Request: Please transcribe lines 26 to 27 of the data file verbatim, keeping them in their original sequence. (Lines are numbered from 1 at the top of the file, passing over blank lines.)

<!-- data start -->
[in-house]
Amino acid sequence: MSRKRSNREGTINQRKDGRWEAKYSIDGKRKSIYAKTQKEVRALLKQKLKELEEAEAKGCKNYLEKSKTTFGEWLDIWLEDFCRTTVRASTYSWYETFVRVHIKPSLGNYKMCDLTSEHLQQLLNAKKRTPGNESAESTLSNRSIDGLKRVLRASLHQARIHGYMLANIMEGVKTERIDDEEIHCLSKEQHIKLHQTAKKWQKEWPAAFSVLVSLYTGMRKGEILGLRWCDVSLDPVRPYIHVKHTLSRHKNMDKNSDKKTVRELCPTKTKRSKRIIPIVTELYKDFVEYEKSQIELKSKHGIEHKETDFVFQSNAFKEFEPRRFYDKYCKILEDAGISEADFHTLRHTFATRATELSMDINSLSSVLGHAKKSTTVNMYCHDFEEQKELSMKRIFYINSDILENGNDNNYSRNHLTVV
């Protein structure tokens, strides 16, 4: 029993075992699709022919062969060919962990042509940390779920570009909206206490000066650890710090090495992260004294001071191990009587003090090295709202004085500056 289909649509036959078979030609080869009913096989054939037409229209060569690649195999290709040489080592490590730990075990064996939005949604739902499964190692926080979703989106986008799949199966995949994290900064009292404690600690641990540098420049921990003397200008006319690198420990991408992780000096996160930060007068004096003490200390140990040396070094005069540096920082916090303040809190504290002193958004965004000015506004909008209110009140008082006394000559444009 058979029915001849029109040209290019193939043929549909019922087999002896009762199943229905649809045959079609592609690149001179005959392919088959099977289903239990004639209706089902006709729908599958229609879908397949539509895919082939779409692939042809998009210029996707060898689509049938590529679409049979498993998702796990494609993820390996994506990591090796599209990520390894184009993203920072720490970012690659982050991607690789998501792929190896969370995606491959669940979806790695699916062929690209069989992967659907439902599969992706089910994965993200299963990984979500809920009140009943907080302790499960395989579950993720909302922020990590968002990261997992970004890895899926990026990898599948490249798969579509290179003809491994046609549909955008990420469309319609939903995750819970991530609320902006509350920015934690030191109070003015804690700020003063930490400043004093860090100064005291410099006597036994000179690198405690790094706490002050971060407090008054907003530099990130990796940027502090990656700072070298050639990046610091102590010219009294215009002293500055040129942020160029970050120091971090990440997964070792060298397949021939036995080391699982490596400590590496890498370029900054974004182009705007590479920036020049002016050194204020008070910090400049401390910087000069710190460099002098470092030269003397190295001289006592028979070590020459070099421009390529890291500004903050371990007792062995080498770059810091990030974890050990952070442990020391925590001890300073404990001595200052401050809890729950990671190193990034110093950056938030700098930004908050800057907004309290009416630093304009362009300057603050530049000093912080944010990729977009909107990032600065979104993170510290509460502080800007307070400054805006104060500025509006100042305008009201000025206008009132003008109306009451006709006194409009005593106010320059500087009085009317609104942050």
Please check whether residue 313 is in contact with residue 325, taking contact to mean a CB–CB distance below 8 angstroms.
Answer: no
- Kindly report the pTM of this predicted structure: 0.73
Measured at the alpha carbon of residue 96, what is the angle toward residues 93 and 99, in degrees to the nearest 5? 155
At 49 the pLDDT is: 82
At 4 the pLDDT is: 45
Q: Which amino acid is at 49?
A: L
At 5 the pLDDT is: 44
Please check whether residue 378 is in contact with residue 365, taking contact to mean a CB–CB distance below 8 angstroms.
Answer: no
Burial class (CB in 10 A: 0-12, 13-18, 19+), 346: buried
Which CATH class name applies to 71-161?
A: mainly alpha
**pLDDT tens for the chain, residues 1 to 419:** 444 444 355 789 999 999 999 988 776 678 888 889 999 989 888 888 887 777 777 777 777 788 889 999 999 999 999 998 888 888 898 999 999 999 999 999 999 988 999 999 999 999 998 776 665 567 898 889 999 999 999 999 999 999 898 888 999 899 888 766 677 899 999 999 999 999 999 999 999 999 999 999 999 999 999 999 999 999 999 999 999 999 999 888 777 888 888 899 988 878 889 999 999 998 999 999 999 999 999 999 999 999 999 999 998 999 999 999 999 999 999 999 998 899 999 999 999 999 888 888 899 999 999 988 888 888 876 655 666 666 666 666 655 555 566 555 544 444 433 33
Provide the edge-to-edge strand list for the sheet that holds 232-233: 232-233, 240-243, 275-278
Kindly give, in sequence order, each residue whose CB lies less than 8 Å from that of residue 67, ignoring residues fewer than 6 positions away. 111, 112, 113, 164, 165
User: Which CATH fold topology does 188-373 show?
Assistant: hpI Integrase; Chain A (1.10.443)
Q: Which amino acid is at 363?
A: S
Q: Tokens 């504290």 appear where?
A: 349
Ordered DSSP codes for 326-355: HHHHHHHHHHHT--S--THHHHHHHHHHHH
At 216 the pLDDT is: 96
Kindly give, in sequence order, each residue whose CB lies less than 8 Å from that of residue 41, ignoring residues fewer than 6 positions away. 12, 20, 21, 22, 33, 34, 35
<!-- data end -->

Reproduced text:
A: 349
Ordered DSSP codes for 326-355: HHHHHHHHHHHT--S--THHHHHHHHHHHH